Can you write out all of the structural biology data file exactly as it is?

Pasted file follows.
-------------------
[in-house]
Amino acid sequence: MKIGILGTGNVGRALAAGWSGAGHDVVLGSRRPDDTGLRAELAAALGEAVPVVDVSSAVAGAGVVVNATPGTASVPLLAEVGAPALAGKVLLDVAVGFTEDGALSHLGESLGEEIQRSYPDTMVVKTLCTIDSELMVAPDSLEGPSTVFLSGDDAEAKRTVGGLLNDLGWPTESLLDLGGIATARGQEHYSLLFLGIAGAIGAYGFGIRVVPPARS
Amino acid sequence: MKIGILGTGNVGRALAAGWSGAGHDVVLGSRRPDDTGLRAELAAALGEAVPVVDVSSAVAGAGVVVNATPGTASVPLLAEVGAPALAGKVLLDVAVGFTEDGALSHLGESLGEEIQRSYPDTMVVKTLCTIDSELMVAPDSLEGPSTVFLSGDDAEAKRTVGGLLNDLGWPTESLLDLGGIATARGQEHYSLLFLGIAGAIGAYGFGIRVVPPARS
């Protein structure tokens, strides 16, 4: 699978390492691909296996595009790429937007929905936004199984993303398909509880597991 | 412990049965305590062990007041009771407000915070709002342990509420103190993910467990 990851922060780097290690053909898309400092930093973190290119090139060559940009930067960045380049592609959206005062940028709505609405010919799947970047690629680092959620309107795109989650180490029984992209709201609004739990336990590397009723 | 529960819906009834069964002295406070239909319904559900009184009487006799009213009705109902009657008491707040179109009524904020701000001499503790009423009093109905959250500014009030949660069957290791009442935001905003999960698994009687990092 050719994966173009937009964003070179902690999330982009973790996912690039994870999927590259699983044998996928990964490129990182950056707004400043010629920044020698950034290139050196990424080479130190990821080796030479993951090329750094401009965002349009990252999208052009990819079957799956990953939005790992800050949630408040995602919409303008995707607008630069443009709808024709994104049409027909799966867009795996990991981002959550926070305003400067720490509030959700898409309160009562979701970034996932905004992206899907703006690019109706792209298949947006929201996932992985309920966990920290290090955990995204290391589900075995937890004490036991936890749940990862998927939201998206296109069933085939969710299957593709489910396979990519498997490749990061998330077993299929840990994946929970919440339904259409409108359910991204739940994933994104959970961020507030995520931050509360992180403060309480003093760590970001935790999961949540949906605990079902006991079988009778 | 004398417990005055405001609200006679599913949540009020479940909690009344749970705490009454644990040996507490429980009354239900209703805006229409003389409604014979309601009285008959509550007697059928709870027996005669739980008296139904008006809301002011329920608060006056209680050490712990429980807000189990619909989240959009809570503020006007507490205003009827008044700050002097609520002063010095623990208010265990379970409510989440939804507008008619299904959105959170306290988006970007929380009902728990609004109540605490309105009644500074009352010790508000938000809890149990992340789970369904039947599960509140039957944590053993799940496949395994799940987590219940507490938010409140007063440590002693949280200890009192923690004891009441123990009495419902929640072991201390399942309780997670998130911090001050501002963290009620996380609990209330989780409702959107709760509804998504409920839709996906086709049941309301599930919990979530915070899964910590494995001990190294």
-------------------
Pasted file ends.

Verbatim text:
[in-house]
Amino acid sequence: MKIGILGTGNVGRALAAGWSGAGHDVVLGSRRPDDTGLRAELAAALGEAVPVVDVSSAVAGAGVVVNATPGTASVPLLAEVGAPALAGKVLLDVAVGFTEDGALSHLGESLGEEIQRSYPDTMVVKTLCTIDSELMVAPDSLEGPSTVFLSGDDAEAKRTVGGLLNDLGWPTESLLDLGGIATARGQEHYSLLFLGIAGAIGAYGFGIRVVPPARS
Amino acid sequence: MKIGILGTGNVGRALAAGWSGAGHDVVLGSRRPDDTGLRAELAAALGEAVPVVDVSSAVAGAGVVVNATPGTASVPLLAEVGAPALAGKVLLDVAVGFTEDGALSHLGESLGEEIQRSYPDTMVVKTLCTIDSELMVAPDSLEGPSTVFLSGDDAEAKRTVGGLLNDLGWPTESLLDLGGIATARGQEHYSLLFLGIAGAIGAYGFGIRVVPPARS
């Protein structure tokens, strides 16, 4: 699978390492691909296996595009790429937007929905936004199984993303398909509880597991 | 412990049965305590062990007041009771407000915070709002342990509420103190993910467990 990851922060780097290690053909898309400092930093973190290119090139060559940009930067960045380049592609959206005062940028709505609405010919799947970047690629680092959620309107795109989650180490029984992209709201609004739990336990590397009723 | 529960819906009834069964002295406070239909319904559900009184009487006799009213009705109902009657008491707040179109009524904020701000001499503790009423009093109905959250500014009030949660069957290791009442935001905003999960698994009687990092 050719994966173009937009964003070179902690999330982009973790996912690039994870999927590259699983044998996928990964490129990182950056707004400043010629920044020698950034290139050196990424080479130190990821080796030479993951090329750094401009965002349009990252999208052009990819079957799956990953939005790992800050949630408040995602919409303008995707607008630069443009709808024709994104049409027909799966867009795996990991981002959550926070305003400067720490509030959700898409309160009562979701970034996932905004992206899907703006690019109706792209298949947006929201996932992985309920966990920290290090955990995204290391589900075995937890004490036991936890749940990862998927939201998206296109069933085939969710299957593709489910396979990519498997490749990061998330077993299929840990994946929970919440339904259409409108359910991204739940994933994104959970961020507030995520931050509360992180403060309480003093760590970001935790999961949540949906605990079902006991079988009778 | 004398417990005055405001609200006679599913949540009020479940909690009344749970705490009454644990040996507490429980009354239900209703805006229409003389409604014979309601009285008959509550007697059928709870027996005669739980008296139904008006809301002011329920608060006056209680050490712990429980807000189990619909989240959009809570503020006007507490205003009827008044700050002097609520002063010095623990208010265990379970409510989440939804507008008619299904959105959170306290988006970007929380009902728990609004109540605490309105009644500074009352010790508000938000809890149990992340789970369904039947599960509140039957944590053993799940496949395994799940987590219940507490938010409140007063440590002693949280200890009192923690004891009441123990009495419902929640072991201390399942309780997670998130911090001050501002963290009620996380609990209330989780409702959107709760509804998504409920839709996906086709049941309301599930919990979530915070899964910590494995001990190294």